Doe v. School Board of Broward County, Florida

In the wake of the U.S. Supreme Court case of Fitzgerald v. Barnstable  School Committee, et.al., 200 U.S. 321 (2009), allowing Section 1983 claims against  high ranking school officials for violations of Title IX of the  Education Amendments of 1972, the Eleventh Circuit has clarified, at least in certain circumstances, when a high ranking official, such as a high school principal, can be sued  in their individual capacity under Section 1983.

In Doe v. School Board of Broward County, Florida, 2010 WL 1655918 (C.A.11 Fla.), the Eleventh Circuit  held  that supervisory officials are not liable under §1983 for the unconstitutional acts of their subordinates unless the supervisor personally participates in the alleged constitutional violation  or there is a causal connection between actions of the supervising official and the alleged constitutional deprivation. Id. at *17.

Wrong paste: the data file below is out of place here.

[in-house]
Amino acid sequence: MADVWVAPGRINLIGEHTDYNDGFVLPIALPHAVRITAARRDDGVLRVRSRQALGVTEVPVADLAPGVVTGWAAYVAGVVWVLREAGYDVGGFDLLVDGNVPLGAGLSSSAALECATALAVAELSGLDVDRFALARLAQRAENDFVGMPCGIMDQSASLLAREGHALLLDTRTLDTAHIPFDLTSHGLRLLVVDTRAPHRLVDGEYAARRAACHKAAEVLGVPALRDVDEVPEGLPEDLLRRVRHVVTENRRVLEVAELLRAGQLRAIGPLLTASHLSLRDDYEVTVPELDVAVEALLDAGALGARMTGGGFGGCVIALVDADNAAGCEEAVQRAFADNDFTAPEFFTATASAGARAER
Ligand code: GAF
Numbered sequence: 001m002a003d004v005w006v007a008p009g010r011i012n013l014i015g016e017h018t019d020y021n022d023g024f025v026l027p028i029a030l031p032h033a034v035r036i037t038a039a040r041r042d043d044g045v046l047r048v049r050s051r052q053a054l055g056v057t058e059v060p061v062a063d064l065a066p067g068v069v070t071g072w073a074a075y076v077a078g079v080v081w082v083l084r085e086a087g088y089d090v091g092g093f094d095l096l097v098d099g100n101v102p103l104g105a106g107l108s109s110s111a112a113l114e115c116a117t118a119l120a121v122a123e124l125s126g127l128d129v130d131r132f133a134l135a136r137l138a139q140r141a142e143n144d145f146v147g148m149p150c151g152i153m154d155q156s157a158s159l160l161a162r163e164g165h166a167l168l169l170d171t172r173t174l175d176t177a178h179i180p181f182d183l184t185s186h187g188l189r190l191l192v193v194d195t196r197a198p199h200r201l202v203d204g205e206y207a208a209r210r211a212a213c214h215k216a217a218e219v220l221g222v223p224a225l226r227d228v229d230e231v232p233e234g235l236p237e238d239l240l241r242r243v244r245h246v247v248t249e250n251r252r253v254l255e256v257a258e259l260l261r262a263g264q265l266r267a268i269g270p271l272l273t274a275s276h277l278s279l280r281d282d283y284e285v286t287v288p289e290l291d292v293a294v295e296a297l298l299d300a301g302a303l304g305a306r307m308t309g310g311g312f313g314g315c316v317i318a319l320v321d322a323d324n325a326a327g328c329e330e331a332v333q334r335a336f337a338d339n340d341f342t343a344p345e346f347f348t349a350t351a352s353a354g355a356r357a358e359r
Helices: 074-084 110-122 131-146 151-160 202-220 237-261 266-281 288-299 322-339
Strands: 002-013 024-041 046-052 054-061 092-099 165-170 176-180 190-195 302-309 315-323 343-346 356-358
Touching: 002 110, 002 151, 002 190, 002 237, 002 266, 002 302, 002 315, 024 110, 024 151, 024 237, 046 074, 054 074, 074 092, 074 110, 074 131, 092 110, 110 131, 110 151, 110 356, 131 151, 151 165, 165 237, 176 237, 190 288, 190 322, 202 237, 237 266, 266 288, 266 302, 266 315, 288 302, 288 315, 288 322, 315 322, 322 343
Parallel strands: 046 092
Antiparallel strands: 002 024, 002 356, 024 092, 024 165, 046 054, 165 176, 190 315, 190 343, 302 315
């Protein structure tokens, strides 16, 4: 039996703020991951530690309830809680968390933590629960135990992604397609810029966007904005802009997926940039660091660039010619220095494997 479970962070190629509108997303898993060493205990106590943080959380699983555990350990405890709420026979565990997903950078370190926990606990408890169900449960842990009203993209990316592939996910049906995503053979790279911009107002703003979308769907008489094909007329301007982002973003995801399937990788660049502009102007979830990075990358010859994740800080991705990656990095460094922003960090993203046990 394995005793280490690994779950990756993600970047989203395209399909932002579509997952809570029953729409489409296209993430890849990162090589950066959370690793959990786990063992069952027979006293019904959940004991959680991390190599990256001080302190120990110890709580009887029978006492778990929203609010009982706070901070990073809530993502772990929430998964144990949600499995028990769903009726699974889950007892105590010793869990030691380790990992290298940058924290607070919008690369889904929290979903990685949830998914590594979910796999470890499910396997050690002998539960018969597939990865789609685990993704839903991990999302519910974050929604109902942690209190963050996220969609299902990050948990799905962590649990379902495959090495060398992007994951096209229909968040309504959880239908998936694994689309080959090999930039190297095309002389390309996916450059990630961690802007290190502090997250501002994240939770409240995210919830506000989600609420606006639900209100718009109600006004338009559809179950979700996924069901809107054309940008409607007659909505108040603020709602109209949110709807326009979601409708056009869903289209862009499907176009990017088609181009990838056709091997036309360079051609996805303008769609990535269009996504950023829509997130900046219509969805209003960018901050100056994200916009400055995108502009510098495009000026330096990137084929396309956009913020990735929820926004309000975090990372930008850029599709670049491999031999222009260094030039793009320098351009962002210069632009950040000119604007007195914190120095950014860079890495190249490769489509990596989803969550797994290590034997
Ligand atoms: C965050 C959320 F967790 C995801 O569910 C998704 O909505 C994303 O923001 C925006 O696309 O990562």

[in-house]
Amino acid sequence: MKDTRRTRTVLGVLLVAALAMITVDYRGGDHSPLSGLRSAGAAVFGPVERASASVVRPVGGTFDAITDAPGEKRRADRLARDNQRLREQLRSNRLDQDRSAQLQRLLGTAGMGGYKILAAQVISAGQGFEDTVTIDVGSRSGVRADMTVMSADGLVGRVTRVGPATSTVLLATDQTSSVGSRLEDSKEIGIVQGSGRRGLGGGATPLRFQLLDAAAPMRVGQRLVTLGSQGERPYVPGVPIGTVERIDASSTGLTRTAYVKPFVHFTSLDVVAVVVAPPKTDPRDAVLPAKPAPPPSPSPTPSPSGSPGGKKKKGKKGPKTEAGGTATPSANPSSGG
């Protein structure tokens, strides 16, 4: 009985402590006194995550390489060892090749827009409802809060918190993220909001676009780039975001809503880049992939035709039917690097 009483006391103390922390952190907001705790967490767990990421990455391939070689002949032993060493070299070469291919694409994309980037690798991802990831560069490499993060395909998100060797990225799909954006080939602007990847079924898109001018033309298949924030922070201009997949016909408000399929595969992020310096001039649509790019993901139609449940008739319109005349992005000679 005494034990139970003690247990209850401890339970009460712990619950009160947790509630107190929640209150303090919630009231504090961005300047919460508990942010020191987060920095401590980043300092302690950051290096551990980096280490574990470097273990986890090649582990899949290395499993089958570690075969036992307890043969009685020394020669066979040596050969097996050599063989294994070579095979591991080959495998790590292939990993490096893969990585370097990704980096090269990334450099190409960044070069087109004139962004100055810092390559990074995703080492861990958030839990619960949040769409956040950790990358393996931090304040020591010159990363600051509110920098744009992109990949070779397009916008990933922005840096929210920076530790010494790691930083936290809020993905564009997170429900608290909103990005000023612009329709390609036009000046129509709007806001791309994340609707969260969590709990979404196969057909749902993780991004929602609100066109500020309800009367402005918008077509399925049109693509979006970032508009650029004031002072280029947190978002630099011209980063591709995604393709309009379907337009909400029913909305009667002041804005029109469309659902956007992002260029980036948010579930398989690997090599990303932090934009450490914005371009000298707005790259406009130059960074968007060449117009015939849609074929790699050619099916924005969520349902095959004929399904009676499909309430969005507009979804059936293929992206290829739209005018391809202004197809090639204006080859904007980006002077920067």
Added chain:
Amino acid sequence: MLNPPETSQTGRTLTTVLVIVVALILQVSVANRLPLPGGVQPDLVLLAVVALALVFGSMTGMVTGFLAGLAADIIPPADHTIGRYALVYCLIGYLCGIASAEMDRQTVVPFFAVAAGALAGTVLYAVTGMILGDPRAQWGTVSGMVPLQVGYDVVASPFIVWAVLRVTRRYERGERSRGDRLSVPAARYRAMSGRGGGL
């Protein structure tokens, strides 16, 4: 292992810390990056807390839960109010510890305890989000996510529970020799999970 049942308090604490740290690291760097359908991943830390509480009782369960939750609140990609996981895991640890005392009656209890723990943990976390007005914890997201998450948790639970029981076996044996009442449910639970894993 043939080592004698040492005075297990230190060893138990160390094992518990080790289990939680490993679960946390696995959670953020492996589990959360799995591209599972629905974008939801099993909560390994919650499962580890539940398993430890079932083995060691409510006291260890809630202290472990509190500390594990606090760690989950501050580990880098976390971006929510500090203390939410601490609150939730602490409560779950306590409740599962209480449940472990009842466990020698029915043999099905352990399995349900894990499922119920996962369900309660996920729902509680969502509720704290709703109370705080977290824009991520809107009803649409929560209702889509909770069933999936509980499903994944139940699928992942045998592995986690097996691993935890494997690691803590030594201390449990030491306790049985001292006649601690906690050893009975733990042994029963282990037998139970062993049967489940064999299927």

Causal connection can be established in the following instances:

(1) when a “history of widespread abuse puts the responsible supervisor on notice of the need to correct the alleged deprivation, and s/he fails to do so” or

(2) when a supervisor’s “improper custom or policy results in deliberate indifference to constitutional rights.” Id. at *17.

 

The Court goes on to note that the actions or omissions of  high ranking officials may be sufficient to create liability under Title IX , but may not be sufficient to create liability under Section 1983.

 

Practice Pointer: The practitioner should go through a qualified immunity analysis to determine if a 1983 suit should be brought against a school official in addition to any Title IX claim against the school district.

 

This is intended as a general overview of recent developments in Title IX jurisprudence and not for any specific legal advice. If you think you have a Title IX claim you should consult with a qualified attorney to discuss your potential claims further.